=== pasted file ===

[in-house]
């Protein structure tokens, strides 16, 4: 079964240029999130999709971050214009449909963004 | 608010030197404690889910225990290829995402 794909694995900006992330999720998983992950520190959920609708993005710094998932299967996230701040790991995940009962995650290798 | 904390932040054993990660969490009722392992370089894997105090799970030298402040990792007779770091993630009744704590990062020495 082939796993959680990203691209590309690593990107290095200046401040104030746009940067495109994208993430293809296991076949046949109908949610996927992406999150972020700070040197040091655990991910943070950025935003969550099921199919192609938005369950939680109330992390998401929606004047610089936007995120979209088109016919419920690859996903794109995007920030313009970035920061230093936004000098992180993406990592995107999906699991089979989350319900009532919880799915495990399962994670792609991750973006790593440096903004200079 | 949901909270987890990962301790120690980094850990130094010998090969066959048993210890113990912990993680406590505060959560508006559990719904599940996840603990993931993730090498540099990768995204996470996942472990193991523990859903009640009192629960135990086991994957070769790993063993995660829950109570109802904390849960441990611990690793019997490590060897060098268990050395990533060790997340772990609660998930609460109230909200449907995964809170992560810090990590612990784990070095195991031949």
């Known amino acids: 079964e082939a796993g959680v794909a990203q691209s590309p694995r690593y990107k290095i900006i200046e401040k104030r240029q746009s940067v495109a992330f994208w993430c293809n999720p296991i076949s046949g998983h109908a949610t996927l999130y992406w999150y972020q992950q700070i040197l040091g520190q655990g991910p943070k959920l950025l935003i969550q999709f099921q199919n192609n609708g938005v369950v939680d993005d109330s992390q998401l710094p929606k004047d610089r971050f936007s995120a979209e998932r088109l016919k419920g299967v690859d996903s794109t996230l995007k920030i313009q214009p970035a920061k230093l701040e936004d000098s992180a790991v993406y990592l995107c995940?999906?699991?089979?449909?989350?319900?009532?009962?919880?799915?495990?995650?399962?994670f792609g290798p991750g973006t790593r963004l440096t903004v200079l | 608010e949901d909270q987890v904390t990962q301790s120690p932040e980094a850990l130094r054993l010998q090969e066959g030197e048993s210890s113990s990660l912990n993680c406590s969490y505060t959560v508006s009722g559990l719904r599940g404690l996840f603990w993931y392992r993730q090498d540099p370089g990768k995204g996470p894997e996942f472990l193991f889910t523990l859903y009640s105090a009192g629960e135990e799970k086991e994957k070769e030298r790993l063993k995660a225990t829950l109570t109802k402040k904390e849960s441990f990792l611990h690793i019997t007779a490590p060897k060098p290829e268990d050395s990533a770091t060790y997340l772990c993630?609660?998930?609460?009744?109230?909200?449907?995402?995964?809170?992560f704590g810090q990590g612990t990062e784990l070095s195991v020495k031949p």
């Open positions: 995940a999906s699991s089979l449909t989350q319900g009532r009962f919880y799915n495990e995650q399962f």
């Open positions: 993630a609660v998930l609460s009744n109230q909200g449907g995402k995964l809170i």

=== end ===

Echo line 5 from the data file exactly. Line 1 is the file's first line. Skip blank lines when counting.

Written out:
């Open positions: 993630a609660v998930l609460s009744n109230q909200g449907g995402k995964l809170i």